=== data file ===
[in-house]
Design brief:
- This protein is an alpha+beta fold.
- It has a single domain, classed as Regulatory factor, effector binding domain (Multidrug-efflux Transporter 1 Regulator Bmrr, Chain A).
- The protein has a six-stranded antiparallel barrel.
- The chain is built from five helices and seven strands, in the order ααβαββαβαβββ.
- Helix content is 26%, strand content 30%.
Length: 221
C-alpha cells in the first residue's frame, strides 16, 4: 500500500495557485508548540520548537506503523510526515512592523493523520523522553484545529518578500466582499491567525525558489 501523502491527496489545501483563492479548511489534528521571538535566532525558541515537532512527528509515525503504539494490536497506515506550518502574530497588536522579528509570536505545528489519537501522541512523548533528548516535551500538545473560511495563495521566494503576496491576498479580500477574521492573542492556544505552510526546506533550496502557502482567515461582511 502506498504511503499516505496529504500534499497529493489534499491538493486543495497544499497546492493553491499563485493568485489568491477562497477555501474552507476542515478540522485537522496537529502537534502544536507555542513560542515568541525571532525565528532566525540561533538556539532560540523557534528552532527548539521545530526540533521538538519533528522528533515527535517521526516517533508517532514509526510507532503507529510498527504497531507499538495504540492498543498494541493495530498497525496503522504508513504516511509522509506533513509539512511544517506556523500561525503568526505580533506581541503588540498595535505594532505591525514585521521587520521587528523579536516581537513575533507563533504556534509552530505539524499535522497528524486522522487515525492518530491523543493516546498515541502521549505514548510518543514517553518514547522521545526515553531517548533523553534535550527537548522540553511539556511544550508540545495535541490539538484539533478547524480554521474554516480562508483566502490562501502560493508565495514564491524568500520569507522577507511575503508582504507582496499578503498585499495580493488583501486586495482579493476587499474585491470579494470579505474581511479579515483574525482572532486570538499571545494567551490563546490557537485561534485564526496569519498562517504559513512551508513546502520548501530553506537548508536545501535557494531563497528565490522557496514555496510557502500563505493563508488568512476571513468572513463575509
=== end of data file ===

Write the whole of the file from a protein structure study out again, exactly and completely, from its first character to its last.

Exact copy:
[in-house]
Design brief:
- This protein is an alpha+beta fold.
- It has a single domain, classed as Regulatory factor, effector binding domain (Multidrug-efflux Transporter 1 Regulator Bmrr, Chain A).
- The protein has a six-stranded antiparallel barrel.
- The chain is built from five helices and seven strands, in the order ααβαββαβαβββ.
- Helix content is 26%, strand content 30%.
Length: 221
C-alpha cells in the first residue's frame, strides 16, 4: 500500500495557485508548540520548537506503523510526515512592523493523520523522553484545529518578500466582499491567525525558489 501523502491527496489545501483563492479548511489534528521571538535566532525558541515537532512527528509515525503504539494490536497506515506550518502574530497588536522579528509570536505545528489519537501522541512523548533528548516535551500538545473560511495563495521566494503576496491576498479580500477574521492573542492556544505552510526546506533550496502557502482567515461582511 502506498504511503499516505496529504500534499497529493489534499491538493486543495497544499497546492493553491499563485493568485489568491477562497477555501474552507476542515478540522485537522496537529502537534502544536507555542513560542515568541525571532525565528532566525540561533538556539532560540523557534528552532527548539521545530526540533521538538519533528522528533515527535517521526516517533508517532514509526510507532503507529510498527504497531507499538495504540492498543498494541493495530498497525496503522504508513504516511509522509506533513509539512511544517506556523500561525503568526505580533506581541503588540498595535505594532505591525514585521521587520521587528523579536516581537513575533507563533504556534509552530505539524499535522497528524486522522487515525492518530491523543493516546498515541502521549505514548510518543514517553518514547522521545526515553531517548533523553534535550527537548522540553511539556511544550508540545495535541490539538484539533478547524480554521474554516480562508483566502490562501502560493508565495514564491524568500520569507522577507511575503508582504507582496499578503498585499495580493488583501486586495482579493476587499474585491470579494470579505474581511479579515483574525482572532486570538499571545494567551490563546490557537485561534485564526496569519498562517504559513512551508513546502520548501530553506537548508536545501535557494531563497528565490522557496514555496510557502500563505493563508488568512476571513468572513463575509